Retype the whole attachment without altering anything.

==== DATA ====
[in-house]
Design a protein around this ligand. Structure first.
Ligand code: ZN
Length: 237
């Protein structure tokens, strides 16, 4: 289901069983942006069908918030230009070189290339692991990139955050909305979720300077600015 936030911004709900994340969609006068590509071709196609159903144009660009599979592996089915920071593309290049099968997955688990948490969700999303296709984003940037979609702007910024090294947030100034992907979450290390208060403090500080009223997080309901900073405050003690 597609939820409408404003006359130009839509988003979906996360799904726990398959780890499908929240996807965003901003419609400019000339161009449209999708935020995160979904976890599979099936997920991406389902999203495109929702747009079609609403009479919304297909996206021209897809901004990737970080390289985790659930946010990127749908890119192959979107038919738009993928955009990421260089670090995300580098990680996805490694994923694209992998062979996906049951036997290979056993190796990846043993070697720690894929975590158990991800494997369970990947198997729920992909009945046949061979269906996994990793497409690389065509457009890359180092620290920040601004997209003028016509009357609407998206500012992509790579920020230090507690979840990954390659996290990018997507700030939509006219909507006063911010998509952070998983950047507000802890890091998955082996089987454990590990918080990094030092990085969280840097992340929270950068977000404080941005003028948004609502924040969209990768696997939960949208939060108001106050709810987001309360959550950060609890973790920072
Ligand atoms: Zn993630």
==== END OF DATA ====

[in-house]
Design a protein around this ligand. Structure first.
Ligand code: ZN
Length: 237
């Protein structure tokens, strides 16, 4: 289901069983942006069908918030230009070189290339692991990139955050909305979720300077600015 936030911004709900994340969609006068590509071709196609159903144009660009599979592996089915920071593309290049099968997955688990948490969700999303296709984003940037979609702007910024090294947030100034992907979450290390208060403090500080009223997080309901900073405050003690 597609939820409408404003006359130009839509988003979906996360799904726990398959780890499908929240996807965003901003419609400019000339161009449209999708935020995160979904976890599979099936997920991406389902999203495109929702747009079609609403009479919304297909996206021209897809901004990737970080390289985790659930946010990127749908890119192959979107038919738009993928955009990421260089670090995300580098990680996805490694994923694209992998062979996906049951036997290979056993190796990846043993070697720690894929975590158990991800494997369970990947198997729920992909009945046949061979269906996994990793497409690389065509457009890359180092620290920040601004997209003028016509009357609407998206500012992509790579920020230090507690979840990954390659996290990018997507700030939509006219909507006063911010998509952070998983950047507000802890890091998955082996089987454990590990918080990094030092990085969280840097992340929270950068977000404080941005003028948004609502924040969209990768696997939960949208939060108001106050709810987001309360959550950060609890973790920072
Ligand atoms: Zn993630």